The Let-Down Low-Down

Let-Down-Low-Down2So breastfeeding. That shit’s weird, right? At least that’s how I feel about it. Ever since I saw the first evidence of what my body was capable of, I’ve oscillated between “what the hell?!” and “how freaking cool am I?” I mean, it’s a powerful feeling to see my son grow chubby and healthy on nothing more than what my body produces. Not only did I create this little man, I am the only person in the world that can create a food specially formulated just for him and always available on tap. I am a goddess!

That said, it’s a huge burden too. He only drinks my milk. ONLY. MY. MILK. And I’ve discovered that I’m not a “milk maid.” Meaning that I don’t just produce lots of extra milk for fun. Apparently, my body provides enough for my son, but there’s no extra in there. I have to pump for twenty minutes to get an ounce of extra milk out of me. I’ve tried drinking special tea blends meant to promote lactation. I’ve tried drinking Gatorade on top of staying hydrated. I’ve tried half a bottle of beer for the supposed lactogenic qualities. And I’ve lingered many a morning over a bowl of oatmeal hoping the grain will give me the ability to make more milk.

Since I’m returning to work in two weeks, this presents a serious problem. I have maybe ten ounces of frozen breastmilk in my freezer. That MIGHT get this kid through a day of feedings. And if I only have a day’s worth of feedings available, I’ll be constantly one step behind his needs- only able to pump enough at work to feed him for the next day. And that means eventually, I might have to supplement with formula. Granted, that’s not really the end of the world. I was fed formula exclusively as a baby, and I’m just fine.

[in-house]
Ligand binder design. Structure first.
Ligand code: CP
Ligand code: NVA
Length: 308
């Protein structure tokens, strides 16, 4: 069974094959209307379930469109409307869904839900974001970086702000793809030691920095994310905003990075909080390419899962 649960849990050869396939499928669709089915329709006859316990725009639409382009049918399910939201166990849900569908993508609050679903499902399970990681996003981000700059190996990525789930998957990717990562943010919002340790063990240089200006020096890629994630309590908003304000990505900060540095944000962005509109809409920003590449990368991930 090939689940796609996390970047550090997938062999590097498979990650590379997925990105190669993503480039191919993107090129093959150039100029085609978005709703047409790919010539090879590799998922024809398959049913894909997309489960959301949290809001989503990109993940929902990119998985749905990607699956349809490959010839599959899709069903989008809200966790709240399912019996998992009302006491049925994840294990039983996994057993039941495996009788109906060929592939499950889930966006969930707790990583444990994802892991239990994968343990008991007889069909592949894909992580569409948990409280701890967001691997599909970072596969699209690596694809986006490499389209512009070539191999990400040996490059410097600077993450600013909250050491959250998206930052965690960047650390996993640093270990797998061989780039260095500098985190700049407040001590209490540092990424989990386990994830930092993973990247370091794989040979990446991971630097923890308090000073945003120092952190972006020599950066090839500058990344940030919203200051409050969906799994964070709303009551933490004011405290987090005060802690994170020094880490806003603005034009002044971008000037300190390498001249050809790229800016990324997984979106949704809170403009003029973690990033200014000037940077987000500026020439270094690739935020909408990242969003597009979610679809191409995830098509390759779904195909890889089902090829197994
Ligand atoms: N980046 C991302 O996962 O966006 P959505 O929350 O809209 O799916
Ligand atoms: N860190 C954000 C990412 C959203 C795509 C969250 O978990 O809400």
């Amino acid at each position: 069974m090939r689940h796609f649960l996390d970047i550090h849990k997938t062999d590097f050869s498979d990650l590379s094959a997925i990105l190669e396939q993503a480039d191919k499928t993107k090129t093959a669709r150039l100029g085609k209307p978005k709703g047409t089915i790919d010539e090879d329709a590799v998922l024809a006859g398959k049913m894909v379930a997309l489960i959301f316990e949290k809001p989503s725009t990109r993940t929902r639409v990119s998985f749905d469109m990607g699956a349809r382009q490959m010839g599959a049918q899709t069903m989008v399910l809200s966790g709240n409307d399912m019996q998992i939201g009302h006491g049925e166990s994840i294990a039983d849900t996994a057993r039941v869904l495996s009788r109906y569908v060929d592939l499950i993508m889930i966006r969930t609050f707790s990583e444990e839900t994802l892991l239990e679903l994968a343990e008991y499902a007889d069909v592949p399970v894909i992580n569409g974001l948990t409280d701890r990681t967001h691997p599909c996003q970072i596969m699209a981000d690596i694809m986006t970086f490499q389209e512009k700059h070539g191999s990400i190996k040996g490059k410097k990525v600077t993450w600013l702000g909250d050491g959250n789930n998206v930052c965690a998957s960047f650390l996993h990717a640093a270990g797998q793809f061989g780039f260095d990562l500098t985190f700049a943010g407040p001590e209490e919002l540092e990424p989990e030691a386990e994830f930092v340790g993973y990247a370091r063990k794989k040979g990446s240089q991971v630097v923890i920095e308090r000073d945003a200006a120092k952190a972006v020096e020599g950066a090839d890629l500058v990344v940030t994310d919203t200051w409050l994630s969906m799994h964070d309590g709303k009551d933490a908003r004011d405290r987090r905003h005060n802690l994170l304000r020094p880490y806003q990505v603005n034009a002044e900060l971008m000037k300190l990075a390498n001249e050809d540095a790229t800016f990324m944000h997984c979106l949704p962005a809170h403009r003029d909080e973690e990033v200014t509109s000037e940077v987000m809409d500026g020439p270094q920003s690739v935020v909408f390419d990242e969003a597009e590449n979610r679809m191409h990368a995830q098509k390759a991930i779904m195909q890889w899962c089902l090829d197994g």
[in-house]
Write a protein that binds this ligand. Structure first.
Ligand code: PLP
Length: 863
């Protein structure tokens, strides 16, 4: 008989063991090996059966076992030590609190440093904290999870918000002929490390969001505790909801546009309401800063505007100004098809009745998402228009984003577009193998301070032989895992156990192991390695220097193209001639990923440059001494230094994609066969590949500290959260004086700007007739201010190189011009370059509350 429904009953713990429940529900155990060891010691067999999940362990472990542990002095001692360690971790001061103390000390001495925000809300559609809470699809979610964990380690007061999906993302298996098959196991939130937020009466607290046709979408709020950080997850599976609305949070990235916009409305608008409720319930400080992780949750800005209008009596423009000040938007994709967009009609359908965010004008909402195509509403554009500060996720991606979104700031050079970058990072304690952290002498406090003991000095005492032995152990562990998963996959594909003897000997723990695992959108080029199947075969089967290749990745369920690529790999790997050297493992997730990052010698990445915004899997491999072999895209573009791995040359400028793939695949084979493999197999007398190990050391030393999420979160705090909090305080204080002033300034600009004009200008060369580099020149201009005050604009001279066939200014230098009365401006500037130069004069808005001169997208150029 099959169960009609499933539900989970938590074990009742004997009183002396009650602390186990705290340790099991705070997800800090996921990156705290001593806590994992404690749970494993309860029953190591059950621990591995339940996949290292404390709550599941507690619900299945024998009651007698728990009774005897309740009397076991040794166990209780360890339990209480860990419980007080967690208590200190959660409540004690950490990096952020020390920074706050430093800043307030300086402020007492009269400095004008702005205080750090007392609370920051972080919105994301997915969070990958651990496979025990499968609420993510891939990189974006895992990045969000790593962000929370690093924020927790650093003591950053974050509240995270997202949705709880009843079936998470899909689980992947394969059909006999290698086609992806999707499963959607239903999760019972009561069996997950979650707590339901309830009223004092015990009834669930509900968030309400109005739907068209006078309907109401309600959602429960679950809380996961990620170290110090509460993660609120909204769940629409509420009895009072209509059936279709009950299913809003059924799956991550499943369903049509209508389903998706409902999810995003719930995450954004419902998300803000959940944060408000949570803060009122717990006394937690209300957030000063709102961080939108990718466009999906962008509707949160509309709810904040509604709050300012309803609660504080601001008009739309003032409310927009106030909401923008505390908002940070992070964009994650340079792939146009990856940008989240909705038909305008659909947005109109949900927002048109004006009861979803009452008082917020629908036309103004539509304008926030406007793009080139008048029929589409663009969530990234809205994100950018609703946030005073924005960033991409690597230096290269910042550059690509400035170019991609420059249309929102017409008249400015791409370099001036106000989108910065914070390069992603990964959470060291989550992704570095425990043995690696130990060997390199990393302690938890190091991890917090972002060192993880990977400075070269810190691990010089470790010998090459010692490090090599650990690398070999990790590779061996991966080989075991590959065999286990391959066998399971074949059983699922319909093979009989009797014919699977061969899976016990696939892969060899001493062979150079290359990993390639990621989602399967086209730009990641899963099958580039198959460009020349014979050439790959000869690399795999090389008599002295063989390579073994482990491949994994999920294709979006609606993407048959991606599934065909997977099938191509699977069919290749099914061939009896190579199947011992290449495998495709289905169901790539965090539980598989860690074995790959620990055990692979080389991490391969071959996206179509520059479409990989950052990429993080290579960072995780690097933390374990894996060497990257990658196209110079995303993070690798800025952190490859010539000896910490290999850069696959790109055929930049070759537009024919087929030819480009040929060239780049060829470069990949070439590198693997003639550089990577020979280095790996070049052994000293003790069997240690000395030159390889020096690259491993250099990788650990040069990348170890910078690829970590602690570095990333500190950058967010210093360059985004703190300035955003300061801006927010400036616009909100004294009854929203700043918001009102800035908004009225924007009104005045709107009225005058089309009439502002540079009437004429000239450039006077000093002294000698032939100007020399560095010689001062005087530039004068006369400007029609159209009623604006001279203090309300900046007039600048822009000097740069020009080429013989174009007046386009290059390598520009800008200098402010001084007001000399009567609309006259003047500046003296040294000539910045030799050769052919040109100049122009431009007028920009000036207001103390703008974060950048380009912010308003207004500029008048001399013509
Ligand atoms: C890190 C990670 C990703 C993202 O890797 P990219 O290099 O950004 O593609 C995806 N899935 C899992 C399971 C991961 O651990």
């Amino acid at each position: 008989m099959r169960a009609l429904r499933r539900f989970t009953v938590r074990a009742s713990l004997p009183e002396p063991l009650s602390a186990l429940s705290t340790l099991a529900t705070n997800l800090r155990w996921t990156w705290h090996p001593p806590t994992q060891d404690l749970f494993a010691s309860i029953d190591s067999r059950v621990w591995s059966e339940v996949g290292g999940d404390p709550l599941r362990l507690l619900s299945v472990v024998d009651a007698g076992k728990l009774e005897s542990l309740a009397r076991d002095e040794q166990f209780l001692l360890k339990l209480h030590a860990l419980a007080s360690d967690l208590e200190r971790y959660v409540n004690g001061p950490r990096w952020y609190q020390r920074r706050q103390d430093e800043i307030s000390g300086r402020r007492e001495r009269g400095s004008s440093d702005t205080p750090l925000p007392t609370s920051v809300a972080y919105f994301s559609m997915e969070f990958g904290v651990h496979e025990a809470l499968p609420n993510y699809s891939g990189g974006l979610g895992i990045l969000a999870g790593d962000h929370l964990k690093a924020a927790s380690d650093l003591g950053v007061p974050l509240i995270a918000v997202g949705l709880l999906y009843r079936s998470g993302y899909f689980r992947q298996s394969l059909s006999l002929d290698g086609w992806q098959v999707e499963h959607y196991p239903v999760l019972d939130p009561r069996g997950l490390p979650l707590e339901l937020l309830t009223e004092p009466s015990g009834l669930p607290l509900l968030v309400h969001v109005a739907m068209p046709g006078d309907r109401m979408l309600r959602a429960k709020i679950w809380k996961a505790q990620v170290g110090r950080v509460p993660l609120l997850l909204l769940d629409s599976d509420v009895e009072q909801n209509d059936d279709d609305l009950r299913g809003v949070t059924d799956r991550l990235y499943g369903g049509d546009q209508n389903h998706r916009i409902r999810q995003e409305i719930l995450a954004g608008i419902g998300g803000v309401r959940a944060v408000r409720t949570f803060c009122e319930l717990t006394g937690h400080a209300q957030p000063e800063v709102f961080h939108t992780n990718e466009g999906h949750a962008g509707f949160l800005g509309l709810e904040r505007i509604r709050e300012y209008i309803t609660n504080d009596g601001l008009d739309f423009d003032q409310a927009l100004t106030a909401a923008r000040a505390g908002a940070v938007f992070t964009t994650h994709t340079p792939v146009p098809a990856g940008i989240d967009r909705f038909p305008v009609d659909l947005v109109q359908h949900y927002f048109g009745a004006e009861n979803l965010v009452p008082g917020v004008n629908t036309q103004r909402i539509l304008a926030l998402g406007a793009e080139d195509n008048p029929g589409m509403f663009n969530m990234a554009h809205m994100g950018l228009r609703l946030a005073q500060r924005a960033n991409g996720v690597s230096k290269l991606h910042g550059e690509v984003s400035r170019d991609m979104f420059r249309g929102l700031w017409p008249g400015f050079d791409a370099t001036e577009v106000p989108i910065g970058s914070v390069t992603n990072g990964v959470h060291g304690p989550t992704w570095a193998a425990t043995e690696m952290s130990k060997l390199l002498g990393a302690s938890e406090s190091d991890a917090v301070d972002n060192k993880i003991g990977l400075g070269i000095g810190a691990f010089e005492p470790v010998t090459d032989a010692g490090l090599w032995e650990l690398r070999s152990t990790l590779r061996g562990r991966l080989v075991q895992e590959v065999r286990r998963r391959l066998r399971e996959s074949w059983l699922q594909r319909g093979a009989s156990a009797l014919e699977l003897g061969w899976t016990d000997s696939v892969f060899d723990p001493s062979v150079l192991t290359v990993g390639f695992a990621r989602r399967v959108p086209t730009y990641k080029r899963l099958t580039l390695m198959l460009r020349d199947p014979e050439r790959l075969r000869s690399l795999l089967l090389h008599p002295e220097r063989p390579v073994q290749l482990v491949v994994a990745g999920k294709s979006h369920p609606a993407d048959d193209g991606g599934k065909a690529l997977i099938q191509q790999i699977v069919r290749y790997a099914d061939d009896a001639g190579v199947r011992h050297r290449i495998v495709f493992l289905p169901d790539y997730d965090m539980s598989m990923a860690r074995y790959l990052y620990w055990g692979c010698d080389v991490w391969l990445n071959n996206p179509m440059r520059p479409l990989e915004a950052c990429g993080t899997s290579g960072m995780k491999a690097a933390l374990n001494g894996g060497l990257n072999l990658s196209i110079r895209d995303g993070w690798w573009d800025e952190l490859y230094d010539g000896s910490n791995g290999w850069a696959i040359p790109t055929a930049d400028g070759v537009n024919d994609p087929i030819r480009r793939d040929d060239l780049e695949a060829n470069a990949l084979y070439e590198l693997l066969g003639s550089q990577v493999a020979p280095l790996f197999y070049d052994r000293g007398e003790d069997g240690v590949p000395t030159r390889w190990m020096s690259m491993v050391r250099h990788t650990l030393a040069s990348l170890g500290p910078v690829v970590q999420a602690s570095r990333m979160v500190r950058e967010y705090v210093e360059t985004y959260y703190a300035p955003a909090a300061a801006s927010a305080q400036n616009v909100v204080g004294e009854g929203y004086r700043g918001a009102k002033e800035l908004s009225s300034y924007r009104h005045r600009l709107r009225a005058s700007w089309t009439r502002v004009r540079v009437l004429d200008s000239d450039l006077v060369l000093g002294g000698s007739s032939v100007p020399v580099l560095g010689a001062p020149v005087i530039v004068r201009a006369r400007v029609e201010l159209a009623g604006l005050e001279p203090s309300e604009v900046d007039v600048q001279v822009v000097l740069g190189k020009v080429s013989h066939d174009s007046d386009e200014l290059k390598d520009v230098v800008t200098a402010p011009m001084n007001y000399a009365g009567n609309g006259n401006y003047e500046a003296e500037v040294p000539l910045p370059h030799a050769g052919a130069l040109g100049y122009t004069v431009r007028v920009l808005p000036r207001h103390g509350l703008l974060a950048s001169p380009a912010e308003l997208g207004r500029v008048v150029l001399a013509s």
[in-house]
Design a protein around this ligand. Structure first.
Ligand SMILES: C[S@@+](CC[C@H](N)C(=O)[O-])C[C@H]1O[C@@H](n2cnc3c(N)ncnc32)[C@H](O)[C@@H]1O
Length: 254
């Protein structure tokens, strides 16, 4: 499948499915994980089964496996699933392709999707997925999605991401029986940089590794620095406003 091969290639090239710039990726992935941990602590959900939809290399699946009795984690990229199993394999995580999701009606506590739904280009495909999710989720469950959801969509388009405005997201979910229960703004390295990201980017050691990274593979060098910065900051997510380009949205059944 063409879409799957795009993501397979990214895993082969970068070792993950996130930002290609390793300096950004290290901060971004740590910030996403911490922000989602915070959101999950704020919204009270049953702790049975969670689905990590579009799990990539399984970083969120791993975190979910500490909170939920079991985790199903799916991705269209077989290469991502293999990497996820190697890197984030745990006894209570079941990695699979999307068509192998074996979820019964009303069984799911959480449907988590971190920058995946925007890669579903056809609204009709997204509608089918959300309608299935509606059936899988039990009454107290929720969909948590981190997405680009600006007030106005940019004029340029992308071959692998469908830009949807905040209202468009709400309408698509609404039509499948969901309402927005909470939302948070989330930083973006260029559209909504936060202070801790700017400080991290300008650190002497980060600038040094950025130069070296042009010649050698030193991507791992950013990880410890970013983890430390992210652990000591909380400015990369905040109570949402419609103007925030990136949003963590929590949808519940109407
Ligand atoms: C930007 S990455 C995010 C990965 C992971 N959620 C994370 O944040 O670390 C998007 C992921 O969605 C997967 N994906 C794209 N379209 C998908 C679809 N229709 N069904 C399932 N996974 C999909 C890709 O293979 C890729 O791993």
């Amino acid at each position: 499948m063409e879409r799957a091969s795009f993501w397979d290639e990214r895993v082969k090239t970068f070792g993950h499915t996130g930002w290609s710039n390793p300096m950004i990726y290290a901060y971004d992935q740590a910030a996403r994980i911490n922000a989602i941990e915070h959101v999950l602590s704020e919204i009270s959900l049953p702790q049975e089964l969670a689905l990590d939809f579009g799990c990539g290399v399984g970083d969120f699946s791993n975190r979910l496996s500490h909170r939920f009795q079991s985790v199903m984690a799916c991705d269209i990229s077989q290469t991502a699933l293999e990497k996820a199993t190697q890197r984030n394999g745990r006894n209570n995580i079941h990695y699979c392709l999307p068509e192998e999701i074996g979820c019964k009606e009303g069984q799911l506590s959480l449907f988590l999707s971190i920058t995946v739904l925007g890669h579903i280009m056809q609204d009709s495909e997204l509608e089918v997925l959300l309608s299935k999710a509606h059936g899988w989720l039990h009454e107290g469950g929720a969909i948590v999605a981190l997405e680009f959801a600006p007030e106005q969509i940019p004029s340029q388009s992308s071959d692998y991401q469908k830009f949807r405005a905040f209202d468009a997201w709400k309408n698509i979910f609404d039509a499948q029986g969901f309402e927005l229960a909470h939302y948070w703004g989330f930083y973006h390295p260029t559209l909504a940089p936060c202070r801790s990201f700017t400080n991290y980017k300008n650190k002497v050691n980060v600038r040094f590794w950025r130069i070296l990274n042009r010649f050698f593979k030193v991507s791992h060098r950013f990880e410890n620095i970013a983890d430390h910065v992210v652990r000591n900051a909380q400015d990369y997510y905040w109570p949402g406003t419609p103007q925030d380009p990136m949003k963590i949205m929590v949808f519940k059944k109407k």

But just as with our choice to cloth diaper, my choice to breastfeed is also spurred on by an economical component. One large package of formula costs about $30. And supposing we go through one a week, that’s $120 a month. My understanding is that babies continue to grow when you feed them, so he will probably start eating more formula the larger he grows, increasing our costs to probably $180 a month. And if we find out he needs a special formulation, like a soy-based formula or some kind of sensitive formula, that’ll cost more. So sticking with breast feeding until he’s weaned would be ideal for us financially. And I would also like to believe that he’ll be sick less often if we keep up with EBF (exclusive breastfeeding.)

So all of that said, I breastfeed a lot. Like a lot. All the time, really. In the mornings, it seems like he eats once an hour (or more often) for four hours at a go. Then there’s a lull for about three or four hours with more sporadic, shorter feedings. Then we’re back on the boob hourly like clockwork until bed time. Maybe there’s a comfort nursing component to that, but he spits up often enough that I know he’s really getting milk out of me. And the spitting up causes a whole other fear that my milk is somehow not formulated well. That something I’m eating is causing him gas and irritability. One person even said maybe my milk is too thick. What the hell can I even do about that? Oh and he seems to be teething already, so he’s pissed off about that too. Poor kid.